G-7 Pressure on Saddam

July 17, 1991

Saddam Hussein, the man who isn't there, has shaped the agenda of the Group of Seven summit almost as much as the man who is there, Mikhail S. Gorbachev. While leaders of the free world democracies ponder their response to the Soviet president's pitch today for Western support of his economic reform programs, they already have put the Iraqi dictator on notice that his regime will remain a targeted pariah until he is gone or complies with the toughest United Nations sanctions in history.

The new phrase for this is "preventive diplomacy," a doctrine growing directly out of Iraq's seizure of Kuwait less than a month after the 1990 G-7 summit virtually ignored the United Nations. Had the doctrine been in effect a year ago, Saddam's aggression might never have happened. Now that it is proclaimed against a background of Security Council support for collective military action, the Baghdad leader is a threat to no one except his own people. Because their plight is especially harrowing, it could lead to a more forceful, interventionist role for the United Nations in protecting and bringing humanitarian aid to those who are victims of their own government.

Security Council Resolutions 687 and 688 already provide international legal cover for the stationing of an allied rapid response force in Turkey to guard against further Baghdad attacks on the Kurds or the Shiites and to channel relief to the beleaguered Iraqi population under direct U.N. supervision. The resolutions also probably justify further allied air strikes if necessary to eliminate Iraq's clandestine nuclear weapons program -- a move threatened anew by President Bush and French President Francois Mitterrand. The wisdom of such a move would rest on its effectiveness in toppling Saddam from power by encouraging the military coup the Bush administration mistakenly anticipated soon after the gulf war ended.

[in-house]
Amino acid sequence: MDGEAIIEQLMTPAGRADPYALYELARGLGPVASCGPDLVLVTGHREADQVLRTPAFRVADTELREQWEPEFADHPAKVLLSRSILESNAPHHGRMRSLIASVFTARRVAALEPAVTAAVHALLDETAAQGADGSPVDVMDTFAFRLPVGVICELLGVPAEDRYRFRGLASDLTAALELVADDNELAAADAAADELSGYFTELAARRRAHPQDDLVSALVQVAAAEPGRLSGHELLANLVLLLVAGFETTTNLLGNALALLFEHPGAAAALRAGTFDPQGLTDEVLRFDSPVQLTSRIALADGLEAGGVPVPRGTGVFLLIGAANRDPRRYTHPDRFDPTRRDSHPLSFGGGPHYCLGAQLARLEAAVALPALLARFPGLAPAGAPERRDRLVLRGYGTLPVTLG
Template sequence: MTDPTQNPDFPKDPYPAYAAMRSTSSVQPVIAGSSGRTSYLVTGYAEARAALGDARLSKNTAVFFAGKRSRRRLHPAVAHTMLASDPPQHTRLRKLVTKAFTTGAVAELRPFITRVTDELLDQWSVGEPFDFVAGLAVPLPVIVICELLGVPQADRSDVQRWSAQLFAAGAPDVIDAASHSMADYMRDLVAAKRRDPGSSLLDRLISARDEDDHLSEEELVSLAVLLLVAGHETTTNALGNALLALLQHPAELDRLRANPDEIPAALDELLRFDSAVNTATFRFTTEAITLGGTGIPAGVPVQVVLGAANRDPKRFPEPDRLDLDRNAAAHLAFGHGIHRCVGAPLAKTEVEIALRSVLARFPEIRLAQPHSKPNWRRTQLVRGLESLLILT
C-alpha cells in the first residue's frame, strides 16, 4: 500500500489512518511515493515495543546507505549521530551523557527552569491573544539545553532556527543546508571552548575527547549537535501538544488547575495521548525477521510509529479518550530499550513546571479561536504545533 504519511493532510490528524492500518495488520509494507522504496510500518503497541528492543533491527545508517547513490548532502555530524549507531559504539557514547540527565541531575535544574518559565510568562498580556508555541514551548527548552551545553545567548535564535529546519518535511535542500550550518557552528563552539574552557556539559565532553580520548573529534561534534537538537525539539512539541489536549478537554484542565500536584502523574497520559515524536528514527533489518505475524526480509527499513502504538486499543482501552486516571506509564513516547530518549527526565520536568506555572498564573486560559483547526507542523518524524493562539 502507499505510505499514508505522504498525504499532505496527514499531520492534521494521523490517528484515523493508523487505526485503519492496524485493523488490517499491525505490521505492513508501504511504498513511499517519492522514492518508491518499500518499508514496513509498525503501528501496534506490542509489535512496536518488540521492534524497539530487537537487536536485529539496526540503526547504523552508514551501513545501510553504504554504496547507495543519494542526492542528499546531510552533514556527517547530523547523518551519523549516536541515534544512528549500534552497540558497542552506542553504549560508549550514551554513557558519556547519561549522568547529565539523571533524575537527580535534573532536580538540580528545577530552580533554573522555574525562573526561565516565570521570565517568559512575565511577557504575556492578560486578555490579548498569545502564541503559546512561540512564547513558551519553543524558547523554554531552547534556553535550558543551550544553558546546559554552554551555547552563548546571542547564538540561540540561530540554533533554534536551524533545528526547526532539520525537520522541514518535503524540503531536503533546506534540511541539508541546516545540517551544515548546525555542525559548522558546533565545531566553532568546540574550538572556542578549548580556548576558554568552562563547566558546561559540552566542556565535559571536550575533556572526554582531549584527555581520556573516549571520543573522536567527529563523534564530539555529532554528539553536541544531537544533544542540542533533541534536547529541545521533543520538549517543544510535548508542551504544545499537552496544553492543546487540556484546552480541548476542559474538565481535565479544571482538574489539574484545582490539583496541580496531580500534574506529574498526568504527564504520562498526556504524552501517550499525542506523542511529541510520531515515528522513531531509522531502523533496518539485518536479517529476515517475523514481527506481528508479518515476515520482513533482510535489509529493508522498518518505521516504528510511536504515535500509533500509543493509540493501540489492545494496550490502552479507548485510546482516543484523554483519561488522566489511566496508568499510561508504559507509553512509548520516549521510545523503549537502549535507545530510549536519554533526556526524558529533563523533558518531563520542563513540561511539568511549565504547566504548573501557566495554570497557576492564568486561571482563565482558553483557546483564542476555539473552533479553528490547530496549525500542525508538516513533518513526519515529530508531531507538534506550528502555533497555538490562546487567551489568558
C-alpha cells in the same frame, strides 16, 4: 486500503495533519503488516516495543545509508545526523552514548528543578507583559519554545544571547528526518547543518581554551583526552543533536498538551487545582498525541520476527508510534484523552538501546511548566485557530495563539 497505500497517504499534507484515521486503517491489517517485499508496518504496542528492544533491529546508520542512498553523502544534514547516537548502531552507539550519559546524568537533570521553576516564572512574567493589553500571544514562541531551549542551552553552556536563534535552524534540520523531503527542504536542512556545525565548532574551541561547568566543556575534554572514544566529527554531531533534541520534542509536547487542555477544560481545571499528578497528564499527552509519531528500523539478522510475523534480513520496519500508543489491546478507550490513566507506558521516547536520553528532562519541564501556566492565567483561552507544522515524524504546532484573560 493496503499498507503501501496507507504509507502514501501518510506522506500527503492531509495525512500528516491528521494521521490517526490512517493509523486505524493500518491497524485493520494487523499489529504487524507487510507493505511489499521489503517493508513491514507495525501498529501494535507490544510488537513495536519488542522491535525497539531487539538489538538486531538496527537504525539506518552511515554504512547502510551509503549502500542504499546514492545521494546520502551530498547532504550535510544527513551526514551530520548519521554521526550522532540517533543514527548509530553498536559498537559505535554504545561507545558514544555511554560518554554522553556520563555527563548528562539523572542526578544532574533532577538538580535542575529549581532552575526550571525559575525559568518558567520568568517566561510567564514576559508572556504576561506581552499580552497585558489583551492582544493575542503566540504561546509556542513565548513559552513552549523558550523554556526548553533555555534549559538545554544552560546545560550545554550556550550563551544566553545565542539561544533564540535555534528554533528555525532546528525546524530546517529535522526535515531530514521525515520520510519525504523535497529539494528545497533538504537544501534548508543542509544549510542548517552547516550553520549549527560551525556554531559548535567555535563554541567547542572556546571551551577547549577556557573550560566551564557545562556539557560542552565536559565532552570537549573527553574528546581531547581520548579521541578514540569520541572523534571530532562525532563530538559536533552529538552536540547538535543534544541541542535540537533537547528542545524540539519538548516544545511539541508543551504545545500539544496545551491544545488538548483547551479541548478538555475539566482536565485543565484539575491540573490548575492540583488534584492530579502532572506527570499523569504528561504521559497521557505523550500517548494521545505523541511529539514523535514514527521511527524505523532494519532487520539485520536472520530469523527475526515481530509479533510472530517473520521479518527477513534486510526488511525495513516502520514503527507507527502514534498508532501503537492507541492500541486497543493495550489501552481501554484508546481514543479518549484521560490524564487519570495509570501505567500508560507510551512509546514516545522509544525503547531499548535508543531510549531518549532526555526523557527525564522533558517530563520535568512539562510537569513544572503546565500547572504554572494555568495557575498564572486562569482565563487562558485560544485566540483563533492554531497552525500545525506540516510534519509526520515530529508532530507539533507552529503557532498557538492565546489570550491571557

Reports of new purges and executions of generals suspected of disloyalty underscore the priorities of Saddam Hussein. His priorities are not the Iraqi state or the Iraqi people but his own power, wealth and survival. The leaders of the United States, Britain, France, Italy, Canada and Japan assembled in London are right to call for the maintenance of sanctions so long as he clings to power. Unless these extraordinary U.N. resolutions lend credibility to the new puissance of the world organization as a peace enforcer, the doctrine of "preventive diplomacy" will have little deterrent effect on future would-be tyrants.

Mr. Gorbachev ought to remind the free world summiteers that Soviet Union support for, or acquiescence in, collective HTC international action against Iraq put the G-7 nations in a position to turn back the Baghdad aggressor. Had the man who is there in London acted otherwise, the man who isn't there might be far more menacing to world peace than he now is.

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